Pathway Builder: Conditions and Constraints

Conditions and Constraints are optional levels of expression of a pathway. However, they add important information to understand the requirements to progress through a pathway. Conditions can be included without any constraints or constraints can be included with conditions as they’re applicable.

Pathway Levels of Expression: When constructing a CTDL pathway using the Pathway Builder, you have three levels of expression to consider:

  1. Pathway Components and Connectors: Pathways are created by linking Pathway Components to the destination using arrow connectors. You can include components that you own or offer, as well as components offered by other organizations. This allows for the integration of various credentials, courses, competencies, jobs, or other components within a single pathway.
  2. Component Conditions (optional): At the next level of expression, you can specify Component Conditions, which define the required quantities of predetermined Pathway Components. For example, you can set requirements such as completing two courses to progress to the next set of courses or earning a specific credential within the pathway.
  3. Constraints (for complex pathways): For more complex pathways, an additional level of information called Constraints can be included. Constraints allow you to express additional restrictions using CTDL properties. For instance, you can specify that the number of credits earned must be equal to or greater than a specific quantity, courses must be at a certain level, or the number of hours worked must meet a predetermined threshold.

By leveraging these three levels of expression, you can create dynamic CTDL pathways that precisely reflect the desired progression and requirements for learners or professionals seeking to navigate a specific educational or career pathway.

Conditions and Constraints: The Component Condition does three things and has two requirements:

  1. Provides a way to describe conditions for progressing along a pathway. The Condition Description is optional but useful information.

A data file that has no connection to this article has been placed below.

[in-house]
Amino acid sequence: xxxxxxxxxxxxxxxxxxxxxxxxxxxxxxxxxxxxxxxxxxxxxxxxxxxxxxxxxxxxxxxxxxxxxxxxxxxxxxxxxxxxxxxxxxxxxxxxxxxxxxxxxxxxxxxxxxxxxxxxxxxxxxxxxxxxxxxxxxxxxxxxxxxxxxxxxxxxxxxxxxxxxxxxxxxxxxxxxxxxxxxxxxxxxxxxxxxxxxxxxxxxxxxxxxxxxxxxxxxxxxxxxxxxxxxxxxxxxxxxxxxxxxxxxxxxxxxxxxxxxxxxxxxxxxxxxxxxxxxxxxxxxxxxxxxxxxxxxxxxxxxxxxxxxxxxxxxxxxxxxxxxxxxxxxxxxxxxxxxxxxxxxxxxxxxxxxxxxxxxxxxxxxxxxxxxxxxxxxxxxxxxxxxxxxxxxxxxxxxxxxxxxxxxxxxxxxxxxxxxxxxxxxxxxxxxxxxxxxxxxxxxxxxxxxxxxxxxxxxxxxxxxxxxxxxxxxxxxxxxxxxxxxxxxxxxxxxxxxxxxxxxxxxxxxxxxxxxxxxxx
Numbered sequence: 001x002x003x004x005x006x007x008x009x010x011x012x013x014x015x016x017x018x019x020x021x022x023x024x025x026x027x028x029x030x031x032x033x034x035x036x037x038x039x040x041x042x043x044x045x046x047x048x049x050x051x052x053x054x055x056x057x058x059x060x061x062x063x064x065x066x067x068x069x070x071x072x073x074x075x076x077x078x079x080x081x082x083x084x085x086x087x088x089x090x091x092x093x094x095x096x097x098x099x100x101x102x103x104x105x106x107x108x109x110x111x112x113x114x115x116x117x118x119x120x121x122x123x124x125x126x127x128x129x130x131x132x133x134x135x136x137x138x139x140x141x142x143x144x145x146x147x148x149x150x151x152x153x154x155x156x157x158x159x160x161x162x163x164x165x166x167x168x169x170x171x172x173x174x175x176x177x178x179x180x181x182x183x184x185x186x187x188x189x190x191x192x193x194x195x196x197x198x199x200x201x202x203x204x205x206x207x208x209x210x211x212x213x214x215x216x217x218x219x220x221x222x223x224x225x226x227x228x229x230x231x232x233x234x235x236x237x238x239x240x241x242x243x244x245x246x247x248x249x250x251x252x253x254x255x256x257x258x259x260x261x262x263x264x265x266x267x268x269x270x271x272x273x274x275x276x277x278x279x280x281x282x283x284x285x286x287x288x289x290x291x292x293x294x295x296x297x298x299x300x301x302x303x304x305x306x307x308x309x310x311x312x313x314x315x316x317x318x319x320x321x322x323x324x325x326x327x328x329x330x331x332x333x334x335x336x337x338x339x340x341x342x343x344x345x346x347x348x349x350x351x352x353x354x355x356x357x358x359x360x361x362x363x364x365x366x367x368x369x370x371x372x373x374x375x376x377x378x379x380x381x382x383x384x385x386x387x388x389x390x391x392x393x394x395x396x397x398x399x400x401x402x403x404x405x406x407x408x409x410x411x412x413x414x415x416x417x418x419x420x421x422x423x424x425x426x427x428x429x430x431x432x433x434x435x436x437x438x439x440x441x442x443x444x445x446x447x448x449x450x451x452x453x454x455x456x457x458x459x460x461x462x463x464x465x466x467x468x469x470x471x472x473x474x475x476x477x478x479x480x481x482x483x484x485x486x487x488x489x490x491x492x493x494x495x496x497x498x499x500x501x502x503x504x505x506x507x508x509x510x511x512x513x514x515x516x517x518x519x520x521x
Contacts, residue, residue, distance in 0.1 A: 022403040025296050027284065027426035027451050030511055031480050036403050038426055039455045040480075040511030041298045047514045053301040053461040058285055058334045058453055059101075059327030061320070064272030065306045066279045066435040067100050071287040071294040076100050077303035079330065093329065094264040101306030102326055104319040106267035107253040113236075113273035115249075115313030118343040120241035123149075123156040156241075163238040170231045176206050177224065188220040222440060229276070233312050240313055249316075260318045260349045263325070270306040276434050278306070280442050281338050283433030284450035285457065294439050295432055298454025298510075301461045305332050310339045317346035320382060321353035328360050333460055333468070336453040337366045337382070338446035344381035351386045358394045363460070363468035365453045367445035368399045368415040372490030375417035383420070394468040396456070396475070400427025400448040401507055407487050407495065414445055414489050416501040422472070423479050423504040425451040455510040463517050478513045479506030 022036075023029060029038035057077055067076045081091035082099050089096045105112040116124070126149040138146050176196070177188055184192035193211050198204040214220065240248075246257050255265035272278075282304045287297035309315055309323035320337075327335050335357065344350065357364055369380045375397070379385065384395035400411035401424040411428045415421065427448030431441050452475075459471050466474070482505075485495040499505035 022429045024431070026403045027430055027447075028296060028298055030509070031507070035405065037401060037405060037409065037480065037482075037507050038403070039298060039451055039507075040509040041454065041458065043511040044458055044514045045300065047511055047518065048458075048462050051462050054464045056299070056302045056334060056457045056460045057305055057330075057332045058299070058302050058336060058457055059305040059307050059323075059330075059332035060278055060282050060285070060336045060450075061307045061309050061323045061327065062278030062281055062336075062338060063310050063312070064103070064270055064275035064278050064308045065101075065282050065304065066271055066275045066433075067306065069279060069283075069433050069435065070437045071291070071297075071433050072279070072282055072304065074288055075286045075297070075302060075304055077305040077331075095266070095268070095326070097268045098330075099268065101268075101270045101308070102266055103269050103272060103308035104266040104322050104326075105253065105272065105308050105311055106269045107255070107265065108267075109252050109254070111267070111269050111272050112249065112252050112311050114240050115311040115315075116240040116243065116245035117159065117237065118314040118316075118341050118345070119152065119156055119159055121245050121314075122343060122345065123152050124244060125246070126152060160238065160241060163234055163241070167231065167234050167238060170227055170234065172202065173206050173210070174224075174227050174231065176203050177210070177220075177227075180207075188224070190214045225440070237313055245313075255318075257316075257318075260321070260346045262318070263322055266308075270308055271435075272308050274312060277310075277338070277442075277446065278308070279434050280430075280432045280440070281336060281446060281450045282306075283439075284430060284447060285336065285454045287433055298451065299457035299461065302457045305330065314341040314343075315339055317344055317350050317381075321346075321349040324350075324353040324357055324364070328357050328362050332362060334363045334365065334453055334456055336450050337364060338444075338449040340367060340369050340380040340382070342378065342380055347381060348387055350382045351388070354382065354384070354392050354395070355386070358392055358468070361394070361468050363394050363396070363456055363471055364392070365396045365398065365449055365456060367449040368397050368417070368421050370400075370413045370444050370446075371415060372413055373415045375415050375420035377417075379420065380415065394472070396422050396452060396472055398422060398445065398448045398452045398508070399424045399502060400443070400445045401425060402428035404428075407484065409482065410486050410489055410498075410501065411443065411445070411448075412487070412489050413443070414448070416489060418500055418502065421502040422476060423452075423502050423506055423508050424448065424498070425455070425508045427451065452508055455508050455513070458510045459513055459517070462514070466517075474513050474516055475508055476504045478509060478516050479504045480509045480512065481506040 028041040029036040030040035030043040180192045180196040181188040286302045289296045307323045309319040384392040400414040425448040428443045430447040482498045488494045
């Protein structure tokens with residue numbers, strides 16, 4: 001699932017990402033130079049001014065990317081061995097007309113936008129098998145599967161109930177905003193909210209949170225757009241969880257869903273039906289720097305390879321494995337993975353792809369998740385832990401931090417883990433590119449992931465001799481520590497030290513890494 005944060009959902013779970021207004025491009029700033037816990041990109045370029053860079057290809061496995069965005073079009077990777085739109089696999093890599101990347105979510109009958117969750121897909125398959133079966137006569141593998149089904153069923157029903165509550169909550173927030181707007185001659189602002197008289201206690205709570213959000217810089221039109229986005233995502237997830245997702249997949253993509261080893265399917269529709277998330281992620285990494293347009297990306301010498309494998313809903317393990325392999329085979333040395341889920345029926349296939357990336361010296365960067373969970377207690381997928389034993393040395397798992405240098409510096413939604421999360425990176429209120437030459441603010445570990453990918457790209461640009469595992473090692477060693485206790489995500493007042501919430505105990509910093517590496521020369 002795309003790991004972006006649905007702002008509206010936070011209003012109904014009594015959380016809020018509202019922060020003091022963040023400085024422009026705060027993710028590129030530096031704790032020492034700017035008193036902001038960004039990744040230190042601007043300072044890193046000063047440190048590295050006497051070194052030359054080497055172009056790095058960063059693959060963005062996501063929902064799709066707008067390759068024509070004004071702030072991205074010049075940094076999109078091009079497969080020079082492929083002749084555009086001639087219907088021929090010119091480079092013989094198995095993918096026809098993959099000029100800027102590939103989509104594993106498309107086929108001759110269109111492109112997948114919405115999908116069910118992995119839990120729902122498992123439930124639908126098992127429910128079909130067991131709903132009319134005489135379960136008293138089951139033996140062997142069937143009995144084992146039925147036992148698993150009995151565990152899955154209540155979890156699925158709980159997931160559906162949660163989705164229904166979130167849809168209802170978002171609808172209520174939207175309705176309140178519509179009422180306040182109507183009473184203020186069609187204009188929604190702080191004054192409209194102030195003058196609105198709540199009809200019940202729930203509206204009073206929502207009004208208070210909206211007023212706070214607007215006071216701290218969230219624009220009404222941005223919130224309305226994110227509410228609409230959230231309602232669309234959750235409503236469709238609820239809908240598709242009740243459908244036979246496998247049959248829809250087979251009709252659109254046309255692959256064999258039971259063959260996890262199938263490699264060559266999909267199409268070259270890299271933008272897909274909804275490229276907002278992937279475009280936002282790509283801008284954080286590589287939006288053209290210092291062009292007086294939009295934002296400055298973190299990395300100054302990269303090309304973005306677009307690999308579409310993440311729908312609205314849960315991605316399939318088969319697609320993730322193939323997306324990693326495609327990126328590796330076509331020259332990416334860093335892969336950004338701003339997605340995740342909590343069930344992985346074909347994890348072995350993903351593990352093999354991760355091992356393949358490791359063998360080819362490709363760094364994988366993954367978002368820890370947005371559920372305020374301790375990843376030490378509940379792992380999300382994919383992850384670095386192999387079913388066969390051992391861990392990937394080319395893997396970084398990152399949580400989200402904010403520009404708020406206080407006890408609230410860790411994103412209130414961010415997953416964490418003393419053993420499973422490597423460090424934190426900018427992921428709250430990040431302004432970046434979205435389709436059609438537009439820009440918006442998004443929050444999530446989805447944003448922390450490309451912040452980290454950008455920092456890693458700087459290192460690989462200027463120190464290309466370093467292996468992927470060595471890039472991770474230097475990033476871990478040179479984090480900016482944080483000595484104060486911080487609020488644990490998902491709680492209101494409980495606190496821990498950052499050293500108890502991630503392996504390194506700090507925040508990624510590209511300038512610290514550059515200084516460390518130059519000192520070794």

2. Identifies the number of required target components and conditions.
    The Required Number field indicates how many of the Components and Conditions that branch out to the left of these Conditions are required to be satisfied in order for these Conditions to be true (in addition to any other constraints indicated below). Use 0 if the items that branch out to the left are entirely optional.
  3. Supports including Constraints.

Add Conditions: To add conditions, use the components library and drag and drop condition cards. When dropping them, you’ll need to fill in the required information. Conditions include the name and a quantity, which represents the number of component cards that must be completed to progress through the pathway. For example, a pathway may require completing a course, an assessment, and job experience, with a quantity of 3.

Constraints: When applicable, Constraints are always appended to Condition Components.

  • Constraints always require the following and a condition can have one or more constraints:
    1. Left Source – Left hand parameter of the constraint.
    2. Comparator – Type of symbol that denotes an operator in a constraint expression such as greater than or equal to, equal to, less than; select from the existing dropdown values.
    3. Right Source – Right hand parameter of the constraint.

Comparators are a defined list that includes the following:

  • Equal to
  • Greater than
  • Greater than or equal to
  • Less than
  • Less than or equal to
  • Not equal to

Constraints can be expressed grammatically. For example, the person must have a grade of C or better:

  • Left Source = Grade
  • Comparator = Greater than or equal to
  • Right Source = C

Add Constraints: If you want to add constraints to conditions, select that option from the condition cards.

Left and Right Action: Constraints can have a Left and Right Action:

  • Left Action – Action performed on the left source; select from an existing values of the dropdown, when the left source has more than one value.
  • Right Action – Action performed on the right source; select from an existing values of the dropdown when the right source has more than one value.

The Left and Right Action is only applicable when more than one Right Action is entered. The example on the right has two Right Source values and can be grammatically read as the person must have a grade of Average or better or determined by the instructor. Thereby, it must have a Right Action. In this case, the Right Action = Any. The Right Source values are 1. Average and 2. Determined as Passing by Instructor.

Both used a defined vocabulary as follows:

  • All Of – All of the values.
  • Any Of – Any (one or more) of the values.
  • Count Distinct – The number of unique values; yields a number.
  • Maximum – The highest of all the values.
  • Mean – The arithmetic mean of all the values.
  • Minimum – The lowest of all the values.
  • One Of – Any one (but no more) of the values.
  • Sum – The numeric total obtained by adding all the values.